Skip to main content

A Cautionary Tale About a Cat in Heat

Experts explain why you should spay or neuter your kitten. Don’t learn the hard way like I did.

by Mai Lynn Miller Nguyen
May 24, 2021
Cat cleaning themself
LIGHTFIELD STUDIOS / Adobe Stock

Sign up for The Wildest newsletter for updates

I’ll admit it, I had kitten fever. The idea of one day having lots of orange kittens scampering around, carbon-copies of my perfect cat, seemed like a dream come true. “I just want more kitties exactly like her…” I flippantly commented to friends. They were not amused. One threatened to end our friendship if I didn’t get my cat spayed, citing the many reasons why it would be extremely irresponsible. I promised I would.

But then, between languishing through the pandemic, a cross-country move, and belatedly finding out that vets in my area were booked for months, I didn’t manage to get an appointment for some time. A few weeks before her slated spay surgery date, it started: frantic yowling that woke me up in the middle of the night. My cat looked panicked, skidding around the house and causing a horrific ruckus. My cat was in heat — the height of her fertility, when the biological desire to mate is overwhelming.

When my vet confirmed my suspicions, I burst into tears. As a pet parent, I felt like I’d failed her. She looked up at me, wide-eyed and uneasy, before resuming her agitated pacing from window to window in search of a ‘Tom’ cat. Thankfully, her milkshake didn’t bring any boys to the yard. But the incessant noise continued, night and day, disrupting my sleep and my Zoom calls. “Apologies, my cat is in heat,” I’d explain, leaving my co-workers with confused expressions.

After six days, it stopped and the sweet cat I knew returned. And, thanks to the Cat Adoption Team (CAT) in Sherwood, Oregon, I was able to get her spayed before her next cycle. The largest cat-only shelter in the Pacific Northwest, CAT performs around 2,500-3,000 spay/neuter surgeries each year, including both pets through their low-cost clinic and homeless cats in their care prior to adoption.

According to Heather Svoboda Miller, CAT’s Communications and Development Manager, the best time to get your cat fixed is before the age of four months — when cats are old enough to breed. “Kittens spayed or neutered at a young age usually recover from surgery more quickly than adult cats do,” she says. And getting your cat fixed ASAP will spare your cat the anguish that mine experienced. “Being spayed or neutered can decrease the urge to yowl or try to escape from your home to find a mate. Neutering male cats can also prevent urine spraying and reduce fighting.”

Experts also point to the serious health risks that unaltered cats face, which should scare any pet parent. “When you have your cat spayed or neutered, you significantly decrease the chances of uterine or testicular infections and cancers developing, so your cat can live a longer and healthier life — and you can save money on future medical bills,” says Steve Gruber, Director of Communications at the non-profit organization Mayor’s Alliance for NYC’s Animals. He also dismisses the “misconceptions that one’s cat will automatically become overweight or their personality will change after being spayed or neutered,” as well as “the belief that their cat should not be deprived of the right to reproduce. People shouldn’t project their feelings onto their cats — cats don’t care!”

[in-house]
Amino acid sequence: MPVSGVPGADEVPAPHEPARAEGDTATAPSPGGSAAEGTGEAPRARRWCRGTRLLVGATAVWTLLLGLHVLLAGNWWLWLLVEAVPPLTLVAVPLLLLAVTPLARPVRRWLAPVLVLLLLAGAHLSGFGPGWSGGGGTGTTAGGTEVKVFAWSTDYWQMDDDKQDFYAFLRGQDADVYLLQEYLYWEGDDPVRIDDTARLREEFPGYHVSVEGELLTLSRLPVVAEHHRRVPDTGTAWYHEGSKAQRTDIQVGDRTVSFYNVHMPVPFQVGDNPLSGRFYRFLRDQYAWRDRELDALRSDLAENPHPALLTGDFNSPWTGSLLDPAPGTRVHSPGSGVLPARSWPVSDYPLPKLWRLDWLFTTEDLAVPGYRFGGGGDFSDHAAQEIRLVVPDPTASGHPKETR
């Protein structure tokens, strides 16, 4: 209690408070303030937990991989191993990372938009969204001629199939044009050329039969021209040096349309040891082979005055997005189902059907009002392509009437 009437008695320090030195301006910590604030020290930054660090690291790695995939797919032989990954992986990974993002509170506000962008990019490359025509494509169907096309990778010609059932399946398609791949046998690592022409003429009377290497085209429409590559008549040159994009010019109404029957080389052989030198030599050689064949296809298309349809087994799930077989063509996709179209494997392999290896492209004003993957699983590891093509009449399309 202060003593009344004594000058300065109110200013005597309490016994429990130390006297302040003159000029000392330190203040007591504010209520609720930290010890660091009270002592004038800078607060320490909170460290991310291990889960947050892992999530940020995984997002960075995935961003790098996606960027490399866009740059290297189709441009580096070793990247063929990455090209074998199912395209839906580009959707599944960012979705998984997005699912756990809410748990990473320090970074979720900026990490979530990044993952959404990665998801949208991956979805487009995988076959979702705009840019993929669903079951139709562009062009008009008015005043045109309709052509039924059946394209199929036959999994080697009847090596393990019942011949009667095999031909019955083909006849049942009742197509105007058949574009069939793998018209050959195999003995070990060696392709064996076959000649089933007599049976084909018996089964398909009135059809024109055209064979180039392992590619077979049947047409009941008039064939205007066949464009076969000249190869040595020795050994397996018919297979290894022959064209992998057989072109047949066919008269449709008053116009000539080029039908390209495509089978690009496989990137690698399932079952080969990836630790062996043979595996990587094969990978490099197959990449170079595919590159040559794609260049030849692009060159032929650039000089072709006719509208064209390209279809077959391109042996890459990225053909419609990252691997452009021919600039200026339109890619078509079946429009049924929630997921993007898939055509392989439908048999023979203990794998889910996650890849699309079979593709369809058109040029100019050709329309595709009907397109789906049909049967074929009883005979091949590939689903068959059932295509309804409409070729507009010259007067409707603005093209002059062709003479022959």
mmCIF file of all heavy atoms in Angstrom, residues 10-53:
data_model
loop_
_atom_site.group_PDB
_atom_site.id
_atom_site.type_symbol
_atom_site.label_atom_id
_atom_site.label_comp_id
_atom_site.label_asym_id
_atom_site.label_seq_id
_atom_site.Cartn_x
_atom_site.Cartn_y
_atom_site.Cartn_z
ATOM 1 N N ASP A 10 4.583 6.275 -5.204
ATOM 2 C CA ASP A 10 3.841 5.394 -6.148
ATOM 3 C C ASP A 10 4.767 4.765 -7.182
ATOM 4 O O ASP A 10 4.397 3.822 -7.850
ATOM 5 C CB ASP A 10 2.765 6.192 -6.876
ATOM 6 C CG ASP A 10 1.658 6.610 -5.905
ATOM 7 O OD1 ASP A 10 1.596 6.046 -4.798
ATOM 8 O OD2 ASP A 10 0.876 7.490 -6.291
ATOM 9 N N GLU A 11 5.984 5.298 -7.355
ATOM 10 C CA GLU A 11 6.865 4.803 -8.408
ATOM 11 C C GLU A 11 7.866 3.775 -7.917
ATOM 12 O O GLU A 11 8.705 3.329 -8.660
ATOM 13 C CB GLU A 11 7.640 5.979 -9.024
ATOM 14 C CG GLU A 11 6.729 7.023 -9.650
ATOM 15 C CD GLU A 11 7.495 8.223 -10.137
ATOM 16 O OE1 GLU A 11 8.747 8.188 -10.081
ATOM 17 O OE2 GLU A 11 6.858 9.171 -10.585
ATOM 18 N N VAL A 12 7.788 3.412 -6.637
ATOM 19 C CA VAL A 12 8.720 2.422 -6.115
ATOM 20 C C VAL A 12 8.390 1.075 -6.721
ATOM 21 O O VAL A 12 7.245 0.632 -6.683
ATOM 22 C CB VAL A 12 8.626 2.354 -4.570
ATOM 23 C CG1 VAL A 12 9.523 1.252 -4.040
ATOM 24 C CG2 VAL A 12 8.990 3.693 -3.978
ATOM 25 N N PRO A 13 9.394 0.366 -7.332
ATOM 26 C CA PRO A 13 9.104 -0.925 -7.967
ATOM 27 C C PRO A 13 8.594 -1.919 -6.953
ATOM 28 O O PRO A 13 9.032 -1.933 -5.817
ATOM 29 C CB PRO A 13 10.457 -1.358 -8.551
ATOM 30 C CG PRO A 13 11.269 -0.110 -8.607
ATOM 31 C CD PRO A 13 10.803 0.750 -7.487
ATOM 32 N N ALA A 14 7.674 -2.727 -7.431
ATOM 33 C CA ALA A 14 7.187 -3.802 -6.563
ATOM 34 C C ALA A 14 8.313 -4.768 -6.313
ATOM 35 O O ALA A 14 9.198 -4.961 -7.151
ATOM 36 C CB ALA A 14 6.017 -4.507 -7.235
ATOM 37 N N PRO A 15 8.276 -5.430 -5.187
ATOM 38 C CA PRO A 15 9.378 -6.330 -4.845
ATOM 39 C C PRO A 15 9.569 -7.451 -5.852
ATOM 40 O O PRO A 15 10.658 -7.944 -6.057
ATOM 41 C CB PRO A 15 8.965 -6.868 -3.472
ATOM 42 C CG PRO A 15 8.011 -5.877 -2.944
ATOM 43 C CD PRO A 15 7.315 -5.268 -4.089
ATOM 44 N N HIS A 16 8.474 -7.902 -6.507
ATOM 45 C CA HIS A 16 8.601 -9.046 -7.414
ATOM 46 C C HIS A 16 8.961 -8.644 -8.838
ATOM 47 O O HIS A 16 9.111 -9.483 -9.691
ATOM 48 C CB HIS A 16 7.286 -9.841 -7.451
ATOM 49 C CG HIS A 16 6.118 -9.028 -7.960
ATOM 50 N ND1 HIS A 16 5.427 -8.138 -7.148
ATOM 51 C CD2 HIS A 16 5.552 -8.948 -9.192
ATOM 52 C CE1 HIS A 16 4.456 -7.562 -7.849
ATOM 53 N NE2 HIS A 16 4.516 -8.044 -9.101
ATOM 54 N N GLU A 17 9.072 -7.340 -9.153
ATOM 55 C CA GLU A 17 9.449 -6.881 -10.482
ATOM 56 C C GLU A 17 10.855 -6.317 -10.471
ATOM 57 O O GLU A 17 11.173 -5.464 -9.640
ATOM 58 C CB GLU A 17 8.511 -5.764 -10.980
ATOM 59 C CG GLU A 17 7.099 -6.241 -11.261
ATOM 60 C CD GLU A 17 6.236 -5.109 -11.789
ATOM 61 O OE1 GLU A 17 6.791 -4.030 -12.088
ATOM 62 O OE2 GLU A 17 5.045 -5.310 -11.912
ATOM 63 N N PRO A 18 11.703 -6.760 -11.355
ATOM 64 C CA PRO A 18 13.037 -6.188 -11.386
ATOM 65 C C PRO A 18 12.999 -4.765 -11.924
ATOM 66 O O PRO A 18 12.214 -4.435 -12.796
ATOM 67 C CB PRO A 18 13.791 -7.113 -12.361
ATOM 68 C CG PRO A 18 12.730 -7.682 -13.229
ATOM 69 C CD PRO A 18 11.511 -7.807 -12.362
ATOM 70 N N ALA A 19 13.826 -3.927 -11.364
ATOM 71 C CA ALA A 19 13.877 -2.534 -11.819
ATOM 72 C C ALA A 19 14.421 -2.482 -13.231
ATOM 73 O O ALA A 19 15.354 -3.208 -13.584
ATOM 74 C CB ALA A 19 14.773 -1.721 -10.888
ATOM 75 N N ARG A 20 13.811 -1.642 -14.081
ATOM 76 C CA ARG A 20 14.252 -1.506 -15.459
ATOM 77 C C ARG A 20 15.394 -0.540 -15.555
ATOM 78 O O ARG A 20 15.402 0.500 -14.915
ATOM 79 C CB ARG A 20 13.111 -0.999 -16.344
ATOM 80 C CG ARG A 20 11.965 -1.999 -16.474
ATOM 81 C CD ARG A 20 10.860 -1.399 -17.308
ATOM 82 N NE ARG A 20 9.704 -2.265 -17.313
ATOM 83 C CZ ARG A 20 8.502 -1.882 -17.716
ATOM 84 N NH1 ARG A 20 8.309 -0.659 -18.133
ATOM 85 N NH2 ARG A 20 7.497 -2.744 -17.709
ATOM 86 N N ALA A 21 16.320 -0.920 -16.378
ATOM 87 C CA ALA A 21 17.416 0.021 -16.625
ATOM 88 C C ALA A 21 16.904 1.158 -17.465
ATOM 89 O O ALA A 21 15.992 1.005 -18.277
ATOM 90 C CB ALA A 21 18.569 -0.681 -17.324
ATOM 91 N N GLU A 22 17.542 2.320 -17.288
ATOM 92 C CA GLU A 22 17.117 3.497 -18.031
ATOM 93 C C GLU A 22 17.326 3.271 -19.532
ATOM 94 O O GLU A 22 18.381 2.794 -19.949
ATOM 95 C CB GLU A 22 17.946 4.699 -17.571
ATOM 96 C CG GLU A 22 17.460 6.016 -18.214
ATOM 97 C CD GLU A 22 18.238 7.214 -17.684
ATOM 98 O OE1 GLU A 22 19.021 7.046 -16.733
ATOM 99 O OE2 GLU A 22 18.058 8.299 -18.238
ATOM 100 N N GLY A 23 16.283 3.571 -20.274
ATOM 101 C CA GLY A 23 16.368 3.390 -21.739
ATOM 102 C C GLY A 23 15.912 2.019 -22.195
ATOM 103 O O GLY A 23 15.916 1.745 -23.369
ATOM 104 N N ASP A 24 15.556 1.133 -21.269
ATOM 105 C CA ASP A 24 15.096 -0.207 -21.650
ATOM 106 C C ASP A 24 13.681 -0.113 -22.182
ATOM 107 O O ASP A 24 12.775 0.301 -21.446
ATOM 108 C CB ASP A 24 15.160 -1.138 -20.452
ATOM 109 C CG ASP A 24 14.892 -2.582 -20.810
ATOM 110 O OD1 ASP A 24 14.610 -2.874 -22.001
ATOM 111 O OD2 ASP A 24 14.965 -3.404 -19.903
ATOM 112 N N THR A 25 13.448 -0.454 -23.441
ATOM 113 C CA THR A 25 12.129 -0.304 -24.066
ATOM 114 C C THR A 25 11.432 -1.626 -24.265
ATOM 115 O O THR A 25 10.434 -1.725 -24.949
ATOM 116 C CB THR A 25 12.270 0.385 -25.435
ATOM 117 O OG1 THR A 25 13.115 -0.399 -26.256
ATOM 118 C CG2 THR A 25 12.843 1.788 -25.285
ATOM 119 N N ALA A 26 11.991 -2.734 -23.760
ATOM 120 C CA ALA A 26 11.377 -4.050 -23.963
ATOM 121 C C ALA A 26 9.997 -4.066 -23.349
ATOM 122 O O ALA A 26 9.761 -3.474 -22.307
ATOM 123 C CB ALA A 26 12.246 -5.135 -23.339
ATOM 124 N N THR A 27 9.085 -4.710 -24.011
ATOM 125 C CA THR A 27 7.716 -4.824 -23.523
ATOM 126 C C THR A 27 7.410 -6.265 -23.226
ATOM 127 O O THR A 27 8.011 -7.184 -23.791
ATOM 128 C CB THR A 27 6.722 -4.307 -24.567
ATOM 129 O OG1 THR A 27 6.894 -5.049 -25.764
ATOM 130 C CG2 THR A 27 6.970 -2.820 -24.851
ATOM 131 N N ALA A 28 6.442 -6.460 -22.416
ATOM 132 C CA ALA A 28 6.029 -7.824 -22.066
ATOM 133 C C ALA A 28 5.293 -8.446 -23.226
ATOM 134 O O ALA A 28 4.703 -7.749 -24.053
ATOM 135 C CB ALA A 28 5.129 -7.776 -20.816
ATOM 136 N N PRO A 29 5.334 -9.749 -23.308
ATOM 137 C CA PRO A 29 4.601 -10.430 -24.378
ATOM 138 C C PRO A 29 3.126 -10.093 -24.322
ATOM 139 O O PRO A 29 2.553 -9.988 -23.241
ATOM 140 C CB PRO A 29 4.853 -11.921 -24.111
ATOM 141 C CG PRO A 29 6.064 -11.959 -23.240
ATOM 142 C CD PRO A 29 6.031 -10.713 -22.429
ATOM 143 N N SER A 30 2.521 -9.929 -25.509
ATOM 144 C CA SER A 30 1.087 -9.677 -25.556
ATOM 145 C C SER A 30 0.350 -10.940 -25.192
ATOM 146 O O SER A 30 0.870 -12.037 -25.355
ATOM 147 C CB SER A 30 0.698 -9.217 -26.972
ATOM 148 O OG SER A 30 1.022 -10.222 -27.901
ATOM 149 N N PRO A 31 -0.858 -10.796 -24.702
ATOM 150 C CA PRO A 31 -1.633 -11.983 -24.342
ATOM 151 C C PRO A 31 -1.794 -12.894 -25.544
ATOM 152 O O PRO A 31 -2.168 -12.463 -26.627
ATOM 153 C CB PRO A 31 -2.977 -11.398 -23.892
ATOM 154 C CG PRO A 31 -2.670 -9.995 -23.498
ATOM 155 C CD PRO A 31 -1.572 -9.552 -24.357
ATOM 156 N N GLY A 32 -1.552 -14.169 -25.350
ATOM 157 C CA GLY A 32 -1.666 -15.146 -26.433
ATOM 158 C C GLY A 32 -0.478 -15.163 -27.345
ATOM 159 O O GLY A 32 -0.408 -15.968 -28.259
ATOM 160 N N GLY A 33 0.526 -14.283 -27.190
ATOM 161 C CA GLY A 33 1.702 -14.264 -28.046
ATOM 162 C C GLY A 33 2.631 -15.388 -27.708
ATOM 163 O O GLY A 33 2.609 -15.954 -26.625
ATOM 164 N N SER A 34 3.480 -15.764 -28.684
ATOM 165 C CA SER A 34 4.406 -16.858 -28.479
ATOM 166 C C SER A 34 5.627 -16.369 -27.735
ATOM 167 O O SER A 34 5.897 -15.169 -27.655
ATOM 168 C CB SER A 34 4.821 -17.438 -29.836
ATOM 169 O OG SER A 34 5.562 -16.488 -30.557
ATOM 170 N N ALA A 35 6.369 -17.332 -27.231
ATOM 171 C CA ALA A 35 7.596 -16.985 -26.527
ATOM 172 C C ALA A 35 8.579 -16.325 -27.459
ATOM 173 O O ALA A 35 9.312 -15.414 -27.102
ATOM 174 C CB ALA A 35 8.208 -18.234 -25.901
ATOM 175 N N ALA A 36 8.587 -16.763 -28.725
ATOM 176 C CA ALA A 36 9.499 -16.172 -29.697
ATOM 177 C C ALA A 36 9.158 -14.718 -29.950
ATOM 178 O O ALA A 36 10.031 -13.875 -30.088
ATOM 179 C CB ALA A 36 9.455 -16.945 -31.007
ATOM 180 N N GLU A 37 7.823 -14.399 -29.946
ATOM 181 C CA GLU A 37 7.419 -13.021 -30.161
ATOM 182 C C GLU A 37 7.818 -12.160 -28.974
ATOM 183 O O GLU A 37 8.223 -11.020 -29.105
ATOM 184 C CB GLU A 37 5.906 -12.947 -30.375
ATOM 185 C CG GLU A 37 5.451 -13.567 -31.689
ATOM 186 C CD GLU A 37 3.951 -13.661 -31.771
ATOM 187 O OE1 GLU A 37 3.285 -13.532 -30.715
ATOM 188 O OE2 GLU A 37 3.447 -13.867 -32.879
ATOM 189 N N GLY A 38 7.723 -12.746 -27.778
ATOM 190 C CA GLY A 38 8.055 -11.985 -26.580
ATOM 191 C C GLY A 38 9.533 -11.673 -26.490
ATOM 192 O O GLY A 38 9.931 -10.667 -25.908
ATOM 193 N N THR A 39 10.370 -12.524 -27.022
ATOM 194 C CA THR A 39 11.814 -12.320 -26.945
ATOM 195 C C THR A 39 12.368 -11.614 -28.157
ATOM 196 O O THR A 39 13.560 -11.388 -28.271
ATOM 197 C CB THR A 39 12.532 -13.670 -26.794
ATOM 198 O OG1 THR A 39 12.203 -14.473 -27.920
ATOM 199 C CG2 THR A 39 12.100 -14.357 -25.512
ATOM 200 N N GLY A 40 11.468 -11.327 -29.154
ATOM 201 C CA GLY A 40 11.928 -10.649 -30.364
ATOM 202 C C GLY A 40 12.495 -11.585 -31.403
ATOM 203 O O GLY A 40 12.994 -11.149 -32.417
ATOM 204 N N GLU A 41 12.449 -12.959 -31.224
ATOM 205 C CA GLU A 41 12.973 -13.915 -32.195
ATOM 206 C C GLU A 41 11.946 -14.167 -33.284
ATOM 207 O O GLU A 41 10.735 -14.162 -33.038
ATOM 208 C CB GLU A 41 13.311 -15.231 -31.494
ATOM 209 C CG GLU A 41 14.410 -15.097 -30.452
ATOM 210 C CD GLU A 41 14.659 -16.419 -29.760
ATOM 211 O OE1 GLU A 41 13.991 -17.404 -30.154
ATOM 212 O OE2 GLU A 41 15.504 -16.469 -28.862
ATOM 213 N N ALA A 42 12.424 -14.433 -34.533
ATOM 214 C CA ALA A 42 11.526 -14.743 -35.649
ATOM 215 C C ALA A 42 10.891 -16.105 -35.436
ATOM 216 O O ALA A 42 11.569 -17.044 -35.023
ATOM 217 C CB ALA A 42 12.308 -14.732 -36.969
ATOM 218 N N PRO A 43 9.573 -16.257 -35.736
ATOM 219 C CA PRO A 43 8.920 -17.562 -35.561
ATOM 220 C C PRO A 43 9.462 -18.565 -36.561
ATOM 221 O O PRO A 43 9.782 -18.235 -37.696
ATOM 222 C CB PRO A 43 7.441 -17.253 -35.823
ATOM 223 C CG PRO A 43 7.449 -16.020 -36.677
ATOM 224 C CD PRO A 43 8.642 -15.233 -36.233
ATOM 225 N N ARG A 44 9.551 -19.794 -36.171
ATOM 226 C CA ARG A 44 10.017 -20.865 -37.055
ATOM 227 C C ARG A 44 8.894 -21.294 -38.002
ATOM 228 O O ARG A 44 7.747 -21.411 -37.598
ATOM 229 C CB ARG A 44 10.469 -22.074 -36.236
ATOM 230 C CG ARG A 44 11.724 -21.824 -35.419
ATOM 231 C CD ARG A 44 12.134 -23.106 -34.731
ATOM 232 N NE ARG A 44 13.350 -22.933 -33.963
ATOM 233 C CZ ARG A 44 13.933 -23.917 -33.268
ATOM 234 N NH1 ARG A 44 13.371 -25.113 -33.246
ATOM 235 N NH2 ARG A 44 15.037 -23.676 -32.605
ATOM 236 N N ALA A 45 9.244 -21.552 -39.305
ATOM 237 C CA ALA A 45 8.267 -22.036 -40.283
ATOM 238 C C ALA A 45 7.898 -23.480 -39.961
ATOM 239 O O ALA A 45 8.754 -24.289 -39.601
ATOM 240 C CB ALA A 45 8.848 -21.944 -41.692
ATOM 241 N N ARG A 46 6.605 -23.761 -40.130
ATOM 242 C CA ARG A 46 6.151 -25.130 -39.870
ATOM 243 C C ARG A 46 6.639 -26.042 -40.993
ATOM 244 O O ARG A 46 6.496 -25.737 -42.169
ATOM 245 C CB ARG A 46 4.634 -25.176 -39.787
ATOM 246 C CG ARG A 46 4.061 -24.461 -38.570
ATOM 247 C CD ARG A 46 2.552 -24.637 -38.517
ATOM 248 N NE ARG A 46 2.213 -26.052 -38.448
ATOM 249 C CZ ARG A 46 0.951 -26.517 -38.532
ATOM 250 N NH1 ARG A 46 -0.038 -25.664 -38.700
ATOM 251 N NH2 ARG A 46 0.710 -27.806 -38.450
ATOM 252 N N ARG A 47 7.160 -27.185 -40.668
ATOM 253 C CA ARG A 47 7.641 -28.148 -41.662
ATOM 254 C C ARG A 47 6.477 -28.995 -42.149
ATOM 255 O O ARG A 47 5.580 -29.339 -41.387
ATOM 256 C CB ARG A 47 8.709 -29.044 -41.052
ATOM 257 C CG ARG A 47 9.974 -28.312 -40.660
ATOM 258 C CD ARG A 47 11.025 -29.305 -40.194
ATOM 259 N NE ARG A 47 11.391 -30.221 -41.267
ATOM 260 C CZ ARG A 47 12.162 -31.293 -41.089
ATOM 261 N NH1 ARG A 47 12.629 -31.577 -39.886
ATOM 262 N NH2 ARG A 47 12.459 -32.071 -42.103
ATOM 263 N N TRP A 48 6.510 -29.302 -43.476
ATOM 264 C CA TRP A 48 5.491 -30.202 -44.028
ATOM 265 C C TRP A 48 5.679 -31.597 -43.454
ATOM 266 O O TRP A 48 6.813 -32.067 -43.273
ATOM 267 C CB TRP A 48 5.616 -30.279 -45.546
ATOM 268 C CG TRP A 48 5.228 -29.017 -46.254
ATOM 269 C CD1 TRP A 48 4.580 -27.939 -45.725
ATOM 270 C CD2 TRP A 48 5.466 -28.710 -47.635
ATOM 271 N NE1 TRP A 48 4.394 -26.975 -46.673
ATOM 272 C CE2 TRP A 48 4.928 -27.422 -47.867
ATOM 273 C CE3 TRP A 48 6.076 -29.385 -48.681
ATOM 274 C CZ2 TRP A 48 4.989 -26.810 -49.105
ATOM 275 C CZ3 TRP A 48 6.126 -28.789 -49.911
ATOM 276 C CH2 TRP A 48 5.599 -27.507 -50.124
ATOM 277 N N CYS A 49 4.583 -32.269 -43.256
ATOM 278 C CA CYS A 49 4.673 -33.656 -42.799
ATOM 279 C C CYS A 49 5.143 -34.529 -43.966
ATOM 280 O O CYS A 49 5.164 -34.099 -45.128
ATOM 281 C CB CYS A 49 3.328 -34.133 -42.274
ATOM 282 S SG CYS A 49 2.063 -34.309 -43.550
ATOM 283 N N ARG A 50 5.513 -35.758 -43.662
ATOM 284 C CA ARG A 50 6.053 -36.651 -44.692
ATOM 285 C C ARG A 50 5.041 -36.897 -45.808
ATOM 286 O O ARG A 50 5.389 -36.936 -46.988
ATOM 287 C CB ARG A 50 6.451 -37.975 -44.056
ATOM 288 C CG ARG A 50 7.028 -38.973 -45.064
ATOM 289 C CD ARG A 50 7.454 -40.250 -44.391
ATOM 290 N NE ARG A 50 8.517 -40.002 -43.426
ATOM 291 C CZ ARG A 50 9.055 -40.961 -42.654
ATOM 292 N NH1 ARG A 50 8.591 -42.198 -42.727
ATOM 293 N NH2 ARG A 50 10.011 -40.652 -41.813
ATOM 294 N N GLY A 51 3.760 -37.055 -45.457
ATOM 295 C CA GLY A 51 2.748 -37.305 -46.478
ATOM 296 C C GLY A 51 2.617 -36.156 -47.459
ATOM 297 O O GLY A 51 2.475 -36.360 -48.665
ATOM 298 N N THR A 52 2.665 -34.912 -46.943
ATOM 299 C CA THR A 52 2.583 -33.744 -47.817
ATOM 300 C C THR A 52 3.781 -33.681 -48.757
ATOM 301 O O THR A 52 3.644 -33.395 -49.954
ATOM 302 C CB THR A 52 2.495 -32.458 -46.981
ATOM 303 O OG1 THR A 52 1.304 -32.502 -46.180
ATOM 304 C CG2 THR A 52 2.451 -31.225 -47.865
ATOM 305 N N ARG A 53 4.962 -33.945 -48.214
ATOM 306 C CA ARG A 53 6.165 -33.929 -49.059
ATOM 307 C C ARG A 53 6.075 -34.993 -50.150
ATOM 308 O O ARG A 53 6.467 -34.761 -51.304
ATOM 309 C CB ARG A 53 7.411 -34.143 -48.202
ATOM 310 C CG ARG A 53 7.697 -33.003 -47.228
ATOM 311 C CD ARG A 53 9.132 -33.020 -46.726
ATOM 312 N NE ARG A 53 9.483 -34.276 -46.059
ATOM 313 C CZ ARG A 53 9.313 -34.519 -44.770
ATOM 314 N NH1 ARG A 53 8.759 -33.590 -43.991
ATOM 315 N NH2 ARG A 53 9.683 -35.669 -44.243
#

Plus, cat overpopulation is a huge problem. Gruber says that although the exact number of stray and feral “community cats” is unknown, tens of thousands of cats are estimated to be living outdoors throughout New York City. “The cat overpopulation crisis is fueled by irresponsible cat owners who abandon their cats outdoors or allow their unaltered cats to roam and reproduce,” he says. “Despite the efforts of hundreds of individuals who perform Trap-Neuter-Return (TNR) on NYC’s community cats, resources to care for the cats and reduce their numbers over time are limited. “Over the past year during COVID restrictions, the overpopulation problem worsened because of a tremendous slowdown in the availability of spay and neuter services.”

Over in Oregon, Miller at CAT also points to the challenge of overpopulation, putting into context how easily it can grow out of control. “Male cats can father countless litters annually and female cats can have up to three litters a year — that can translate to well over a hundred kittens in just a couple of years,” she says. “That many new animals put a strain on community and shelter resources, and contributes to the homeless cat population.”

If you truly love cats, you’ll help to make sure that yours can live the healthiest life possible, and support organizations like CAT and the Mayor’s Alliance for NYC Animals that are working to address a national crisis that can be prevented. As Miller says, “spaying and neutering is one of the most humane and scientifically proven ways to reduce stray cat populations, and that means fewer cats entering shelters or struggling on the streets.” Though the idea of bringing more kittens into the world might sound charming, the reality is not so cute when you think of the hundreds of thousands of adoptable cats in shelters who need loving homes. If you’re taking in an unaltered cat, set a date for their spay/neuter surgery. I learned my lesson and can only hope my experience will serve as a cautionary tale for others.

Related articles

Mai Lynn Miller Nguyen

Mai Lynn Miller Nguyen is a freelance culture writer who launched a neighborhood publication called The Pet Times while in elementary school. She is a devoted (read: obsessed) pet parent to Pippi, a spirited little orange cat who was found in the wilds of Michigan in 2020, has since crossed the country three times, and loves to climb trees.